Even before S climbed Mt Kilimanjaro last summer, D had always been captivated by it. Once we learned that we would be serving in East Africa, climbing Kili became D’s number one priority. He wanted to go as soon as he got an opportunity to take a long vacation. The problem, of couse, is that as an entry level FSO, long vacations are hard to come by. One has to accrue vacation and even when one has banked enough holiday time, getting away is contingent on other peoples’ schedules. In D’s case, time off requires ambassadorial approval since his work is directly linked to Ambo’s schedule.
Fortunately, Ambo decide to take a long trip to the States, combining business consultations with a family reunion over Thanksgiving. As soon as his plane tickets were booked, we set about booking our own vacation – two and a half glorious weeks in Tanzania that included a 6-day ascent of Mt Kilimanjaro, a few days of safari in the Serengeti and the Ngorngoro crater, and a week on the heavenly beaches of Zanzibar.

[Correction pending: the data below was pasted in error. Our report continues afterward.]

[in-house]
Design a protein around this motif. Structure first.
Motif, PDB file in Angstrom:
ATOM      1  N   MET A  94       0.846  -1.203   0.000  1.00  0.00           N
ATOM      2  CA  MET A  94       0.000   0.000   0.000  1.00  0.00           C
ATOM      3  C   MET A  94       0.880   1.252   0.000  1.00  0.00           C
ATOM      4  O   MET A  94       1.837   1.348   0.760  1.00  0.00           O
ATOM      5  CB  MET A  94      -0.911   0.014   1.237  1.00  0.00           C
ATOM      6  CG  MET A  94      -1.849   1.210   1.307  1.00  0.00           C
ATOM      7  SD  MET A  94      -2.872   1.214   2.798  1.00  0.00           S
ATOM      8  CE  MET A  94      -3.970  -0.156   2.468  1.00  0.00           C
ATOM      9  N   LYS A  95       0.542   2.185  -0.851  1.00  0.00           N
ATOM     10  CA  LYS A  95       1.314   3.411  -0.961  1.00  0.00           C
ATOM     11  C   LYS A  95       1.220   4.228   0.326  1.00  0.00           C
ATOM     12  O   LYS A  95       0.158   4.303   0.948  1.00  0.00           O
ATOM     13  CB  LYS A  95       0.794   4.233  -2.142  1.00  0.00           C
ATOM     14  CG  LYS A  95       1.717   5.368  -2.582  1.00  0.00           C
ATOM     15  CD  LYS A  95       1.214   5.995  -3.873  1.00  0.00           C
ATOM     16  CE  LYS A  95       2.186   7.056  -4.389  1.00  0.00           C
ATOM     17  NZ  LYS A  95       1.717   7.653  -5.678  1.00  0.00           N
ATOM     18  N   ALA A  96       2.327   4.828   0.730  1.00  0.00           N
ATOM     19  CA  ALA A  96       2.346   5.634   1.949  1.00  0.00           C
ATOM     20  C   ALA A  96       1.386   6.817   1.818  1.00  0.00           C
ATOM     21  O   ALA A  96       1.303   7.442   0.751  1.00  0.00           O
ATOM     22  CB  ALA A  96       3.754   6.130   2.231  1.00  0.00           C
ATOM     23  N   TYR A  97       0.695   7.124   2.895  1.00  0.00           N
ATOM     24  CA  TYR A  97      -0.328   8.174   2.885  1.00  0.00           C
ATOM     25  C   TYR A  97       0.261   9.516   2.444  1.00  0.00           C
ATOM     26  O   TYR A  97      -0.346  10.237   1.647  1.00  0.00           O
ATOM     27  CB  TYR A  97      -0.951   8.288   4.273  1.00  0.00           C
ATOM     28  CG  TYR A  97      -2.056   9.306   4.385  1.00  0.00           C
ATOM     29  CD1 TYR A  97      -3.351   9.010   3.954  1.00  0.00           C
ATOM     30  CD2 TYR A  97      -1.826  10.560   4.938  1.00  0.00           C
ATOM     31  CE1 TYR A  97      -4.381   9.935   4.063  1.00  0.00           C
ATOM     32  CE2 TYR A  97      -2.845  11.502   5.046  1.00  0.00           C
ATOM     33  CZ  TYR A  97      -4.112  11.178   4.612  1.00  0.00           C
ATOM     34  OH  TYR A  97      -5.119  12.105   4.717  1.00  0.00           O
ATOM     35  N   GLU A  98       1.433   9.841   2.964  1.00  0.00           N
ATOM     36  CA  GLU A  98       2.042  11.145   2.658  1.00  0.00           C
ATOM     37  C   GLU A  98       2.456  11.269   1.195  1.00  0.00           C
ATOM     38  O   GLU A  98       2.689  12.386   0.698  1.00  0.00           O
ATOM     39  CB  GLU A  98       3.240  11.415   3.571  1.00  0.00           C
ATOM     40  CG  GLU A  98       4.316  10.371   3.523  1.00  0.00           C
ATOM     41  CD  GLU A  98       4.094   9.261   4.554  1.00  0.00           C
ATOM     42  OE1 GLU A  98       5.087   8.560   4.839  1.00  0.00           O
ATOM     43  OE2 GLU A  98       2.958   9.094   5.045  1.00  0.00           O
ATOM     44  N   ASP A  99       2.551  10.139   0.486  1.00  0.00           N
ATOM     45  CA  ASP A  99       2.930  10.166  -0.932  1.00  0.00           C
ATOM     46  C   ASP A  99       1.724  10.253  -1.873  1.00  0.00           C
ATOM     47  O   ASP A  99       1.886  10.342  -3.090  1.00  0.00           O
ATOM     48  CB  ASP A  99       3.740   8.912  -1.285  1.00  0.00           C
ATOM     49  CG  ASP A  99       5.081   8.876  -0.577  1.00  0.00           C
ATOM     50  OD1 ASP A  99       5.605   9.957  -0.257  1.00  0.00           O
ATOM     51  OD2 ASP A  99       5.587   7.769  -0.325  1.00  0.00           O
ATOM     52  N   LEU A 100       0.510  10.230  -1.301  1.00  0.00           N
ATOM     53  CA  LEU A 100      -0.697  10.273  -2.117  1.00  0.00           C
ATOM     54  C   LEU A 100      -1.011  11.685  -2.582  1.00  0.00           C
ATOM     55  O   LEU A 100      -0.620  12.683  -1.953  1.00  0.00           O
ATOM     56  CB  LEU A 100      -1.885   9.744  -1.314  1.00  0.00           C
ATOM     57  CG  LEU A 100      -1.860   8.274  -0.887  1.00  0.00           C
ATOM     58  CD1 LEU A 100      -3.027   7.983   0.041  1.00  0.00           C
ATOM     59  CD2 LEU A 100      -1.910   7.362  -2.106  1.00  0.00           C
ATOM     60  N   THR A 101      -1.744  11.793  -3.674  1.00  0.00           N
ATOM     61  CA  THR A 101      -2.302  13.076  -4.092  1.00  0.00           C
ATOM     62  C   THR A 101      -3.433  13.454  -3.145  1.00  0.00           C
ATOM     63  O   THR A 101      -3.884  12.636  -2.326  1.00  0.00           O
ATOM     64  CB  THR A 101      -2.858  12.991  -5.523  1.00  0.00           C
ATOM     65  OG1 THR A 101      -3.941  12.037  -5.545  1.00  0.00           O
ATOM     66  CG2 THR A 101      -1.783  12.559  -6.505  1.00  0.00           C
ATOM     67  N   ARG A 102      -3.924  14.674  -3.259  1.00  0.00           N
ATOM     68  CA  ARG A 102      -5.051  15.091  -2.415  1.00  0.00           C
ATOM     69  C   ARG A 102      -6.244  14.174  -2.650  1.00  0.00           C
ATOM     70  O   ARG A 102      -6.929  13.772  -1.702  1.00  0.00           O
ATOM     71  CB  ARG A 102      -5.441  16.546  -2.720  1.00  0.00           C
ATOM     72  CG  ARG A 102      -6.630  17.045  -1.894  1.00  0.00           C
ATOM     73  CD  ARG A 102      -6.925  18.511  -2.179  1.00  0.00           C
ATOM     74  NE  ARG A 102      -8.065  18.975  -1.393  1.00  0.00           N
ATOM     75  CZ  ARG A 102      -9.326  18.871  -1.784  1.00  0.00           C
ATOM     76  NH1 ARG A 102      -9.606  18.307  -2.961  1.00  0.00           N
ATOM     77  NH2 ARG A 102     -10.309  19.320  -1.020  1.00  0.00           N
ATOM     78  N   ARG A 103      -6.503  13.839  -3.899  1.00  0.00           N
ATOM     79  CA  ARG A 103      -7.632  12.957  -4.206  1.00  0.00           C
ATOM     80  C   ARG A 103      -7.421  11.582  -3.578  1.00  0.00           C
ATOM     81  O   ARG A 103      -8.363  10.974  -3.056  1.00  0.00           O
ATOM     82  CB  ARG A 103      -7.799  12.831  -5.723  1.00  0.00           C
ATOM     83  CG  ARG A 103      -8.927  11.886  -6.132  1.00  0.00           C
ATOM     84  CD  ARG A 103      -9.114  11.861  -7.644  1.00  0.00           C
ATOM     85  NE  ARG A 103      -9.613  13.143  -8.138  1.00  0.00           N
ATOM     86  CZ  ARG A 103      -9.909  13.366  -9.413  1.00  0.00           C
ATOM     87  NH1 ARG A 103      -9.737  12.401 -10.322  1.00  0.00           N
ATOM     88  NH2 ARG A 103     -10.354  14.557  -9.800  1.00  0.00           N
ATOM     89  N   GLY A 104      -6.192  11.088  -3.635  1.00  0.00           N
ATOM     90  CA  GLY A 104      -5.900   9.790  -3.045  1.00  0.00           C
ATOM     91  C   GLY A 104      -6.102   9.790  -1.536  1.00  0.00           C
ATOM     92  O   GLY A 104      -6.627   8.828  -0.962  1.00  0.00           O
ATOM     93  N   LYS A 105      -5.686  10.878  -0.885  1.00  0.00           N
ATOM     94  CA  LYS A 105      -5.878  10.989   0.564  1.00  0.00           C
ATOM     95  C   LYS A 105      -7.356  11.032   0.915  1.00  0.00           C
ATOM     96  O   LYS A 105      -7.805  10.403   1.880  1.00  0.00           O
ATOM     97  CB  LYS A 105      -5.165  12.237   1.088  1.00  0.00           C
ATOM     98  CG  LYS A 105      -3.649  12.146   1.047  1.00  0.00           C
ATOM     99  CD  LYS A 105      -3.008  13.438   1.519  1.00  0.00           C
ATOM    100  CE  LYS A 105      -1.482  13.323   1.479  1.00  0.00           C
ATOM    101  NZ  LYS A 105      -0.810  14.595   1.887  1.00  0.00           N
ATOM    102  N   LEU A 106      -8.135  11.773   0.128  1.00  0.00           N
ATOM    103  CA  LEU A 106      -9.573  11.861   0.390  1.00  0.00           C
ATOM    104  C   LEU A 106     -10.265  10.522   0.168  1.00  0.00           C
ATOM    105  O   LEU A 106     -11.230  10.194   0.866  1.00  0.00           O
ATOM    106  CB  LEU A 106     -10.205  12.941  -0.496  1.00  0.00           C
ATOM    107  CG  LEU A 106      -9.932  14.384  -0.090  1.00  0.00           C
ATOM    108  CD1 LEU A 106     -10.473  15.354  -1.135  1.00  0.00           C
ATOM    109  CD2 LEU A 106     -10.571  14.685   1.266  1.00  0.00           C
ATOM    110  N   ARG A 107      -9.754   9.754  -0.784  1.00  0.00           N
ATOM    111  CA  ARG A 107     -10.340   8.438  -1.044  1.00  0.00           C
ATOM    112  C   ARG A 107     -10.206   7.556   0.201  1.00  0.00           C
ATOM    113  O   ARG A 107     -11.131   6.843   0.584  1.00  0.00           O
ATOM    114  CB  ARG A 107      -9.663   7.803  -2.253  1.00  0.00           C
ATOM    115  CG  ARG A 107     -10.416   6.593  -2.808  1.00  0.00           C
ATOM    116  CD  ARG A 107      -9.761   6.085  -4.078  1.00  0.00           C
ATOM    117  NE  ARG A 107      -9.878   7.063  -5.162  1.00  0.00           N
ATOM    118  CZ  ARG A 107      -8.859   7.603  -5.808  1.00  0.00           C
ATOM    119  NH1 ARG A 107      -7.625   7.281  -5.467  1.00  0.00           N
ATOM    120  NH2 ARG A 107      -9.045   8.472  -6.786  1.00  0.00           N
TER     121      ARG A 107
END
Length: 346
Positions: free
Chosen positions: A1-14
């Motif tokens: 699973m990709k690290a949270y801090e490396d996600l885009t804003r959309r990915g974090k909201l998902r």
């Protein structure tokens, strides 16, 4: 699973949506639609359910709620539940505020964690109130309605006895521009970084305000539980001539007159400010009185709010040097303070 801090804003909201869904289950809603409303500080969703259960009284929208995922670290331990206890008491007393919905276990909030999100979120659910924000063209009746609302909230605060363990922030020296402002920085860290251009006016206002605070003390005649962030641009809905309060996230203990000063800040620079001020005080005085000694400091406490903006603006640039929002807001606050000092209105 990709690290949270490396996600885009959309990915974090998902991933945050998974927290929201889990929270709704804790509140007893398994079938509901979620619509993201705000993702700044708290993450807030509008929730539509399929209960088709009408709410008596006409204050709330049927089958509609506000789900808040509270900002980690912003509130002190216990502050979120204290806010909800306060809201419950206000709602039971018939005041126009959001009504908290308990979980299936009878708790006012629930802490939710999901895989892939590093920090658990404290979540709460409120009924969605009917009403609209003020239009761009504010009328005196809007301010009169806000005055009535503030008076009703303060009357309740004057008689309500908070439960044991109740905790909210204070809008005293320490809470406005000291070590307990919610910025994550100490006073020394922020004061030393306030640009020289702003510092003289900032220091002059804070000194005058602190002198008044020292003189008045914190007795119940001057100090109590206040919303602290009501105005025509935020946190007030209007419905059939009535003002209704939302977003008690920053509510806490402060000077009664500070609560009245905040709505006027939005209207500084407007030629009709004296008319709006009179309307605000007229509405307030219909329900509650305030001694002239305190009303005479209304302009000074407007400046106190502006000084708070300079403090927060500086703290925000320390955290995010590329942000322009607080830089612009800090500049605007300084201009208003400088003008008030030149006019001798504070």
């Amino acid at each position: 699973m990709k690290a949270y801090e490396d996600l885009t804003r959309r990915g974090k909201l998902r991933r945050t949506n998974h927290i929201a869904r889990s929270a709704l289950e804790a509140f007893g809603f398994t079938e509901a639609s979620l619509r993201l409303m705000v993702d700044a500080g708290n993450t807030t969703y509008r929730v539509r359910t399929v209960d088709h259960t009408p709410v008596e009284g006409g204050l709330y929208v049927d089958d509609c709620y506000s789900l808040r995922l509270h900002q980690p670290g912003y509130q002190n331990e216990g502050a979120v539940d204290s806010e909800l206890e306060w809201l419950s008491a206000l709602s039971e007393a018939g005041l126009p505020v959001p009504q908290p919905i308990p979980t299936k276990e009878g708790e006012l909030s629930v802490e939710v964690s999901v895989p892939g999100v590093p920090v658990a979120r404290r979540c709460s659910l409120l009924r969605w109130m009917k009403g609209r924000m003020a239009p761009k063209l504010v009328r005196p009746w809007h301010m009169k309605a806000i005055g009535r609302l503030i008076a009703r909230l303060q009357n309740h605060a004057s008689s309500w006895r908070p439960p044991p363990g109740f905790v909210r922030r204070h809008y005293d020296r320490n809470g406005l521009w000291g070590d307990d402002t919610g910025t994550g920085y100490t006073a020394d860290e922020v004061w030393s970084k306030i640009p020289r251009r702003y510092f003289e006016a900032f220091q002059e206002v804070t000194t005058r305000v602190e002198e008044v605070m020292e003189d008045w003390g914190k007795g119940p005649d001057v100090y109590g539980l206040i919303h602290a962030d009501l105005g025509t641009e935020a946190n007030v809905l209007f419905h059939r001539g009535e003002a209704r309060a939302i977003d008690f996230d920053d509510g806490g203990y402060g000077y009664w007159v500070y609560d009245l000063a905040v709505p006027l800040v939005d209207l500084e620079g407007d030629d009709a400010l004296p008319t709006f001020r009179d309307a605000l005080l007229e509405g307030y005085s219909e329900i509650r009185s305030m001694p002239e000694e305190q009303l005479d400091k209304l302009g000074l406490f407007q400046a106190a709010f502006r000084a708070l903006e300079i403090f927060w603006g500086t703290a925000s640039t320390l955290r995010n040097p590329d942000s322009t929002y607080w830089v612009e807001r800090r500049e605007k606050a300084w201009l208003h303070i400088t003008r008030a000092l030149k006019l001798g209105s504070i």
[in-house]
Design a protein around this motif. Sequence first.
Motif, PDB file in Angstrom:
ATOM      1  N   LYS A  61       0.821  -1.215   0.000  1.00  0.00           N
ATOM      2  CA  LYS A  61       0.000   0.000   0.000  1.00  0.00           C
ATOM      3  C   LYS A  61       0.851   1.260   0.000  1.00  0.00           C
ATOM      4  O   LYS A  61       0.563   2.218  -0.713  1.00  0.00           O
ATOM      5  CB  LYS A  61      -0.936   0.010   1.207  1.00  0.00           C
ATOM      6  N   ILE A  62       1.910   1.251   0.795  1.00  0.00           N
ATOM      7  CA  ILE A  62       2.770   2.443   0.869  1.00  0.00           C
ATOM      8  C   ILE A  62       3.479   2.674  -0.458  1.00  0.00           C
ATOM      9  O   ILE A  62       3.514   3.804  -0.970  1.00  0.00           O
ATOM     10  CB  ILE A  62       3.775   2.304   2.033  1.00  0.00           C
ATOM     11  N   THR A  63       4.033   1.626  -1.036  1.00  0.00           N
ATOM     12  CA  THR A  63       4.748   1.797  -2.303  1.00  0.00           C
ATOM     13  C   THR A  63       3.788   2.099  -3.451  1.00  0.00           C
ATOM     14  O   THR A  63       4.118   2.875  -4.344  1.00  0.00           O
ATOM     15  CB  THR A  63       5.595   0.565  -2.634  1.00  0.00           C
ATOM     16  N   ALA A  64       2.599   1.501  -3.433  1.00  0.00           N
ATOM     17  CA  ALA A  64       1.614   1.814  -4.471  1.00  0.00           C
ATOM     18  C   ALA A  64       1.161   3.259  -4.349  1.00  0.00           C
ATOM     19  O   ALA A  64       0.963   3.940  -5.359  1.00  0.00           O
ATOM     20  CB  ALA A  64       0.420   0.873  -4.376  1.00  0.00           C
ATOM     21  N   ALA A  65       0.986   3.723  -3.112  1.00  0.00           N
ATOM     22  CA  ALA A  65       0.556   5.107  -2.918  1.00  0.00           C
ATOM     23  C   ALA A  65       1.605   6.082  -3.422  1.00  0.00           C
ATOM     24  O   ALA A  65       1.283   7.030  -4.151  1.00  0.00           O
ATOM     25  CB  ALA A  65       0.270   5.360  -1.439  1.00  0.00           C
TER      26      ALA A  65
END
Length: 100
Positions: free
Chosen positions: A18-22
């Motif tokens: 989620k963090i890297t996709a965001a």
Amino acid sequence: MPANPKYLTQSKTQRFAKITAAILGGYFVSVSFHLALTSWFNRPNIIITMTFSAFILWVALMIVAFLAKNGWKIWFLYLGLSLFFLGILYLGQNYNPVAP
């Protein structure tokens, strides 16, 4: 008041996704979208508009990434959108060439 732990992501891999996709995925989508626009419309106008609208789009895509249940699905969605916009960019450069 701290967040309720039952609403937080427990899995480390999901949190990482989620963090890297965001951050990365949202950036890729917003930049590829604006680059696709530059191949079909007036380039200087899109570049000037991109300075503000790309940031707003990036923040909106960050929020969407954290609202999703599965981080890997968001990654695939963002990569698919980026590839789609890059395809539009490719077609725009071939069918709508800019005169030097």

Of course, we had the usual hassle with our flights getting cancelled prior to our departure, but this is less trouble than it would have been had we not been expecting it to happen. D asked one of the travel technicians at the Embassy to call up the airline and our flights were re-instated, only to be cancelled again as soon as we left Nairobi. When we attempted to check in for the second leg of our trip, the Precision Air agent at the check-in counter looked in disbelief from his computer screen to the reservations we handed him and absurdly asked whether we had just made the booking and forgot to pay for it. When we pointed out that we had already flown the first leg of the trip, he declared the situation beyond his comprehension and ran out of the airport lounge to find a ticket sales representative.
It turns out that mid-November is not the ideal time for visiting Tanzania, as our trip coincided with the short rains season. Since we were not in a position to be choosy, however, we made the most of it and had a blast. Perhaps most importantly, it was a much-needed relief to put away the BlackBerry, disconnect from the internet, and simply enjoy life. Now that we’re safely back in Nairobi, we look forward to combing through our pictures and sharing our travel tales with you.
Note: vaca means cow in Spanish; however, the phrase a vaca is actually short for a vacación, meaning to be on vacation.